JACKSON, MS (WLBT) - This week, Education Secretary Betsy DeVos proposed a $17.6 million dollar cut to Special Olympics. Members of Congress were not too pleased with the proposal.
So what impact could this have on athletes here in Mississippi?
The Special Olympics offers more than 30 Olympic style sports for people with intellectual and physical disabilities.
This week Education Secretary Betsy DeVos proposed budget cuts for education funding, and the Special Olympics.
Sam Wells with the Special Olympics of Mississippi says those proposed cuts could affect their Unified Champion Schools.
The program is aimed to help student athletes with disabilities represent their school and play with other students.
“It just helps bring inclusion into the forefront for some of our students. And teaches them at a young age to be inclusive, to not have stereotypes about individuals with intellectual disabilities. Or really any individuals at all we have seen growth across the country. And it really just teaches folks at a young age to be more inclusive, to be you know just a real big family really," said Wells
There are 25 Unified Champion Schools in the Magnolia state. Florence and Richland High School participate, and so does Brandon Elementary, and Northwest Rankin Middle School.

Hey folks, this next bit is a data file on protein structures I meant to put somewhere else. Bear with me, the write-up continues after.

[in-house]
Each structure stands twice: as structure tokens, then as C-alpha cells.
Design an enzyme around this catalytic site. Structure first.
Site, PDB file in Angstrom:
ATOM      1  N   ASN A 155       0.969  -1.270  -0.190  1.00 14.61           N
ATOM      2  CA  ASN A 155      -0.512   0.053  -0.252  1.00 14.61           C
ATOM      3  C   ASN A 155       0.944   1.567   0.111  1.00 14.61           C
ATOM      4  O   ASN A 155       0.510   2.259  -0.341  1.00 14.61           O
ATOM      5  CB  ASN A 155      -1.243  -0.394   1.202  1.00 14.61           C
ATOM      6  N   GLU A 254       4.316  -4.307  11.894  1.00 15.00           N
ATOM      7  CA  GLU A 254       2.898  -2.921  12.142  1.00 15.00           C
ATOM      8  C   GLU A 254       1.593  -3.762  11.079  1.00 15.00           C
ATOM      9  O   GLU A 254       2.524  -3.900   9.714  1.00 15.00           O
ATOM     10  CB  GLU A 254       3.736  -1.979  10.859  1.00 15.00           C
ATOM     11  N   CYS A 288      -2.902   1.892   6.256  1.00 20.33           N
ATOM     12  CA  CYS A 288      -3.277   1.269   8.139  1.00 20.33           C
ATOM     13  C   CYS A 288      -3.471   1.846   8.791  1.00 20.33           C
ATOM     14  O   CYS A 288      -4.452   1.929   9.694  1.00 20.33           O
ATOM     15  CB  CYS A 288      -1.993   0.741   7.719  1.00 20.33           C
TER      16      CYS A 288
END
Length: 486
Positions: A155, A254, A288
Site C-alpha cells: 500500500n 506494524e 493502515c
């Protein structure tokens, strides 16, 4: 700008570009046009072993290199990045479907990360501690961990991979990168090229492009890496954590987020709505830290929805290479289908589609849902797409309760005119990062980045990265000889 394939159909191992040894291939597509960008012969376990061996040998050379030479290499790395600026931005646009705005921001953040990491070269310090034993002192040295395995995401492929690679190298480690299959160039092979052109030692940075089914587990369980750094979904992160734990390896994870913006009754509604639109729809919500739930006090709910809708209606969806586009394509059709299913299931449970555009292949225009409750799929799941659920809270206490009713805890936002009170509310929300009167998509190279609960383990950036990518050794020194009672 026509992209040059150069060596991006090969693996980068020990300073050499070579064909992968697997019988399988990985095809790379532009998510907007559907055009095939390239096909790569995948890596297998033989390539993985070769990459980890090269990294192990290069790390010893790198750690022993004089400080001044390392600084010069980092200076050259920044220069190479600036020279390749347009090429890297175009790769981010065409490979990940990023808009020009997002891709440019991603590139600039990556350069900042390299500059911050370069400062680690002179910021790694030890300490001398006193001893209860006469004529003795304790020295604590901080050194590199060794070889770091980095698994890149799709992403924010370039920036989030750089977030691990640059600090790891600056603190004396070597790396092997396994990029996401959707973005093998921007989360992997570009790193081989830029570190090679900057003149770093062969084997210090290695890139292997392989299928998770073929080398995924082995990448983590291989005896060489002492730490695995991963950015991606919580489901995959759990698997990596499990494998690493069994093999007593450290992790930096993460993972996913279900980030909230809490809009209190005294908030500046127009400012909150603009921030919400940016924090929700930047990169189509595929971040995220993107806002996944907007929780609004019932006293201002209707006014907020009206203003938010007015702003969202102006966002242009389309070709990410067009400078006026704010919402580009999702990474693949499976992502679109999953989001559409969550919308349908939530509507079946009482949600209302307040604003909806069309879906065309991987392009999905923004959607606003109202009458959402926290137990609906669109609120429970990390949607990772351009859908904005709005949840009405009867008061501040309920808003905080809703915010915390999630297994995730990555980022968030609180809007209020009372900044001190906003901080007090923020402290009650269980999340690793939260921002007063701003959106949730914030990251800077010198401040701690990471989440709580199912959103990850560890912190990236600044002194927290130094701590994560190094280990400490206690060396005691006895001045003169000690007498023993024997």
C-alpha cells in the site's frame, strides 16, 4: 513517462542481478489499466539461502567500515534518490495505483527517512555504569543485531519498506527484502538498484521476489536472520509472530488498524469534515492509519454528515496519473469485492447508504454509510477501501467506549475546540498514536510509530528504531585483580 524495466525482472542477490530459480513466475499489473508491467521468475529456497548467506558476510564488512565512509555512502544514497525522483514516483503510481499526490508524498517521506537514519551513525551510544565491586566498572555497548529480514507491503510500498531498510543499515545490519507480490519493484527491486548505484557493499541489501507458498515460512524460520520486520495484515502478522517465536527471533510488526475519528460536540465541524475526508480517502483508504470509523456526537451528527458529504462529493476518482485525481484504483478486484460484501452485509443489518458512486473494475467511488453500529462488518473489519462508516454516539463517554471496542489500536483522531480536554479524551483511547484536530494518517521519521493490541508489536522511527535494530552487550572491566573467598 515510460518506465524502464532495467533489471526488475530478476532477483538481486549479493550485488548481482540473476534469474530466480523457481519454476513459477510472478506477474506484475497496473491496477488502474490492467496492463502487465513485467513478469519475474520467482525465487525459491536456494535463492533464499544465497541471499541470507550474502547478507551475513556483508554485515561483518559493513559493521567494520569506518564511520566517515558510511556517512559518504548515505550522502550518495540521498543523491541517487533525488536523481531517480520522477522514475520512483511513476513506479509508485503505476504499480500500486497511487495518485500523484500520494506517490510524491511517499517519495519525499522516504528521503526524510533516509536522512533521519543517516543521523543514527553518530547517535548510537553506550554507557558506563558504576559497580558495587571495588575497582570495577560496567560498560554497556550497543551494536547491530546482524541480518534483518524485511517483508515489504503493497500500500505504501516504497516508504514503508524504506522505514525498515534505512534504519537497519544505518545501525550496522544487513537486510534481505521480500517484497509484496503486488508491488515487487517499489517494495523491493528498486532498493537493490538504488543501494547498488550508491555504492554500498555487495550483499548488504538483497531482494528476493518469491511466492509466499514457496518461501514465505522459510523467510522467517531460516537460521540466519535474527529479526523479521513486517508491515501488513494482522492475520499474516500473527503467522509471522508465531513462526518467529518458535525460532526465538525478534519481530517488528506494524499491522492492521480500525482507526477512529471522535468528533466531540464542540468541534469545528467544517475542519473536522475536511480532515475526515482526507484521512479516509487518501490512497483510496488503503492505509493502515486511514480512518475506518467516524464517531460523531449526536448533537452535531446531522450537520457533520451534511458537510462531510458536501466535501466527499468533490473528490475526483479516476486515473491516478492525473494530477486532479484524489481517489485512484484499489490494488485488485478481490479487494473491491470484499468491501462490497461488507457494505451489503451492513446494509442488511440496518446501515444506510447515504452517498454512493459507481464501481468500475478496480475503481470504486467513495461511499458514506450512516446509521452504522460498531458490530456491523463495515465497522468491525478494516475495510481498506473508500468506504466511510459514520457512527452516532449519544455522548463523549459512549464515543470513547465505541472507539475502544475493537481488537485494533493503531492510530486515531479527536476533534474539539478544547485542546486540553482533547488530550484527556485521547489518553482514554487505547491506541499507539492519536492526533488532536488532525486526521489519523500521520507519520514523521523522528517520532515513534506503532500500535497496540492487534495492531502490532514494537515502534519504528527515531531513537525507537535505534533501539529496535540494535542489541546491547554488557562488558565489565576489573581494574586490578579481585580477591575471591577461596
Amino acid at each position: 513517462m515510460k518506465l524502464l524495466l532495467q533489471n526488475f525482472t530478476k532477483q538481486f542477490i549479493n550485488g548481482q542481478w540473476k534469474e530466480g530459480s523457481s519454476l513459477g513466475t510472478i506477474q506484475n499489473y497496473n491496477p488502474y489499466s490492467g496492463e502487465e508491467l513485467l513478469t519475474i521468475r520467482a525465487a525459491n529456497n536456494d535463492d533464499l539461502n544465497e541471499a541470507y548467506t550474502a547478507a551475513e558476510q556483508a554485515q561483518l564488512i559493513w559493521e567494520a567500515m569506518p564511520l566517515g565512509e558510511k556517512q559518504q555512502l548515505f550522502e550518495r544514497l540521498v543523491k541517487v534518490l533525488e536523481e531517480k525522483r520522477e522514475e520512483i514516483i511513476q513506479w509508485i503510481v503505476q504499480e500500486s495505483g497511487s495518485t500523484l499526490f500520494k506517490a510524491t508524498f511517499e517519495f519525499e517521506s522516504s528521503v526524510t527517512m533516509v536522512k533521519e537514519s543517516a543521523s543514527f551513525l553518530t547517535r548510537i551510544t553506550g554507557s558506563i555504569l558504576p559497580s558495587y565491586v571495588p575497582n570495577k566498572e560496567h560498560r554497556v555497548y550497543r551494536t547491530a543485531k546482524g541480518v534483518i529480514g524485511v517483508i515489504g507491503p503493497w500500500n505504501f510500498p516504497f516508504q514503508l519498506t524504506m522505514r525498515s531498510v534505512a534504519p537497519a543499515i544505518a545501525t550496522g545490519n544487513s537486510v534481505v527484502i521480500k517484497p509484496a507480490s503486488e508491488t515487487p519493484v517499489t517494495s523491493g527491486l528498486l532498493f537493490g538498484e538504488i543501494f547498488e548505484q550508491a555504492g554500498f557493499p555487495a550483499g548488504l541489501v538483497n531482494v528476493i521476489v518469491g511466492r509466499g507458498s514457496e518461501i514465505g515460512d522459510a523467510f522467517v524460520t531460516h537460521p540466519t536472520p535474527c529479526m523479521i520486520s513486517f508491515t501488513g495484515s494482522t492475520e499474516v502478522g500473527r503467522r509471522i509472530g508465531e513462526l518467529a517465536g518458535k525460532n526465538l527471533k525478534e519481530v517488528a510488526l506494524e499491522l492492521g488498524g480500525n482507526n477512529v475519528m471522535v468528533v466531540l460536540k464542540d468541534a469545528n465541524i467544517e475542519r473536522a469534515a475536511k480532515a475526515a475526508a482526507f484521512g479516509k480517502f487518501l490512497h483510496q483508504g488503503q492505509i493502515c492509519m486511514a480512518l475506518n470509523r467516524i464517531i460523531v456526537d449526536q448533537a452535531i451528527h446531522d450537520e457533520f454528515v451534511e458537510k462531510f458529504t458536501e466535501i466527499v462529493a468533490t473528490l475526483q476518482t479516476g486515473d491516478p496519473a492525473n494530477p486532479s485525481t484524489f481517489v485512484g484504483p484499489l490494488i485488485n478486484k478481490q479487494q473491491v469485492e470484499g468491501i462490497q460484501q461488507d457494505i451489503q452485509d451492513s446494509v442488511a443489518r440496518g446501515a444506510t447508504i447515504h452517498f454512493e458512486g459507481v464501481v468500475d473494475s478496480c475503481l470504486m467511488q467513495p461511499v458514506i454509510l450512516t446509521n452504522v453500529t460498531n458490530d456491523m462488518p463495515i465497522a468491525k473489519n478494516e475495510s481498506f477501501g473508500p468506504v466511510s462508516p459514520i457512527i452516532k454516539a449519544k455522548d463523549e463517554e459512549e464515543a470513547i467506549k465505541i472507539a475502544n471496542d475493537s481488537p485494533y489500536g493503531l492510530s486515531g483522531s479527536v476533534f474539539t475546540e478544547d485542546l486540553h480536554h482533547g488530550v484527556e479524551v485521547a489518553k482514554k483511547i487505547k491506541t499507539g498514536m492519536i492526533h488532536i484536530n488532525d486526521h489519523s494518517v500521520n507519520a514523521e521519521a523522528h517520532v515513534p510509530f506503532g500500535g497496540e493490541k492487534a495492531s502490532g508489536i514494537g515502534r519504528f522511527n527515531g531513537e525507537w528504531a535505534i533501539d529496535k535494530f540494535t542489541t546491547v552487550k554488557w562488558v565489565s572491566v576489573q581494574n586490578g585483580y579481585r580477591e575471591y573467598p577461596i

They also have them at the college level. Mississippi State, Ole Miss and Millsaps have Unified Champion Schools.
The Special Olympics here, provides everything from uniforms, equipment, and the building blocks to make the athletes more outgoing and prepared for the real world.
“Next fall we’ll have 30 come on. So we’ll have a lot of schools across the state of Mississippi that this money definitely goes towards helping, and we don’t want to lose them for sure. It allows them to play sports, it gets them involved in the community, it helps them meet other people with similar disabilities, and similar things that they’re going through as well,” said Wells.
The Special Olympics are also funded through donations from around the state, and community partners, and funding from the state itself.
He says losing funding such as this would neglect the programs current success, and children’s opportunities in the future.